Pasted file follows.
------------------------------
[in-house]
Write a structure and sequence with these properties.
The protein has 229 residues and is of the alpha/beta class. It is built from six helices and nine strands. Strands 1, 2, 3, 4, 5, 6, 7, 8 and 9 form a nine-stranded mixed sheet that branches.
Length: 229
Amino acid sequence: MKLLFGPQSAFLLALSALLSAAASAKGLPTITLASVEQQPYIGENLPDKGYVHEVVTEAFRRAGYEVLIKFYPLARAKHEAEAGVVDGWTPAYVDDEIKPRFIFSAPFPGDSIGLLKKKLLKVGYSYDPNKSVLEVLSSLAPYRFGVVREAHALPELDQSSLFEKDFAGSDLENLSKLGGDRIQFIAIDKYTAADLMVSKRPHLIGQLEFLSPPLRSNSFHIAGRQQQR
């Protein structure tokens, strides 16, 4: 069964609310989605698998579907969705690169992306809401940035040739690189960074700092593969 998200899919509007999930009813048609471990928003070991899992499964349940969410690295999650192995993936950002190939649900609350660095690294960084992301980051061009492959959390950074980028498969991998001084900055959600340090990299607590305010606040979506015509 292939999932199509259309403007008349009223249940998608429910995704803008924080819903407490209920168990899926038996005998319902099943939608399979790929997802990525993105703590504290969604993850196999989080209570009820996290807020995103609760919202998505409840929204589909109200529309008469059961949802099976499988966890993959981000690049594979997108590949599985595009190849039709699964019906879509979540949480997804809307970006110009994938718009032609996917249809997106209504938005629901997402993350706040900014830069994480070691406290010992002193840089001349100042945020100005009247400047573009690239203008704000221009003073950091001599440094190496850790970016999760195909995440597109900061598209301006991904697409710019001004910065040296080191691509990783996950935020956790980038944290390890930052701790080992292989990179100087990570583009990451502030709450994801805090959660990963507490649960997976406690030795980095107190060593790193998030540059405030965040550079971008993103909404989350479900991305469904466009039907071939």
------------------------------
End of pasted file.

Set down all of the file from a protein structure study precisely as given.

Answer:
[in-house]
Write a structure and sequence with these properties.
The protein has 229 residues and is of the alpha/beta class. It is built from six helices and nine strands. Strands 1, 2, 3, 4, 5, 6, 7, 8 and 9 form a nine-stranded mixed sheet that branches.
Length: 229
Amino acid sequence: MKLLFGPQSAFLLALSALLSAAASAKGLPTITLASVEQQPYIGENLPDKGYVHEVVTEAFRRAGYEVLIKFYPLARAKHEAEAGVVDGWTPAYVDDEIKPRFIFSAPFPGDSIGLLKKKLLKVGYSYDPNKSVLEVLSSLAPYRFGVVREAHALPELDQSSLFEKDFAGSDLENLSKLGGDRIQFIAIDKYTAADLMVSKRPHLIGQLEFLSPPLRSNSFHIAGRQQQR
């Protein structure tokens, strides 16, 4: 069964609310989605698998579907969705690169992306809401940035040739690189960074700092593969 998200899919509007999930009813048609471990928003070991899992499964349940969410690295999650192995993936950002190939649900609350660095690294960084992301980051061009492959959390950074980028498969991998001084900055959600340090990299607590305010606040979506015509 292939999932199509259309403007008349009223249940998608429910995704803008924080819903407490209920168990899926038996005998319902099943939608399979790929997802990525993105703590504290969604993850196999989080209570009820996290807020995103609760919202998505409840929204589909109200529309008469059961949802099976499988966890993959981000690049594979997108590949599985595009190849039709699964019906879509979540949480997804809307970006110009994938718009032609996917249809997106209504938005629901997402993350706040900014830069994480070691406290010992002193840089001349100042945020100005009247400047573009690239203008704000221009003073950091001599440094190496850790970016999760195909995440597109900061598209301006991904697409710019001004910065040296080191691509990783996950935020956790980038944290390890930052701790080992292989990179100087990570583009990451502030709450994801805090959660990963507490649960997976406690030795980095107190060593790193998030540059405030965040550079971008993103909404989350479900991305469904466009039907071939």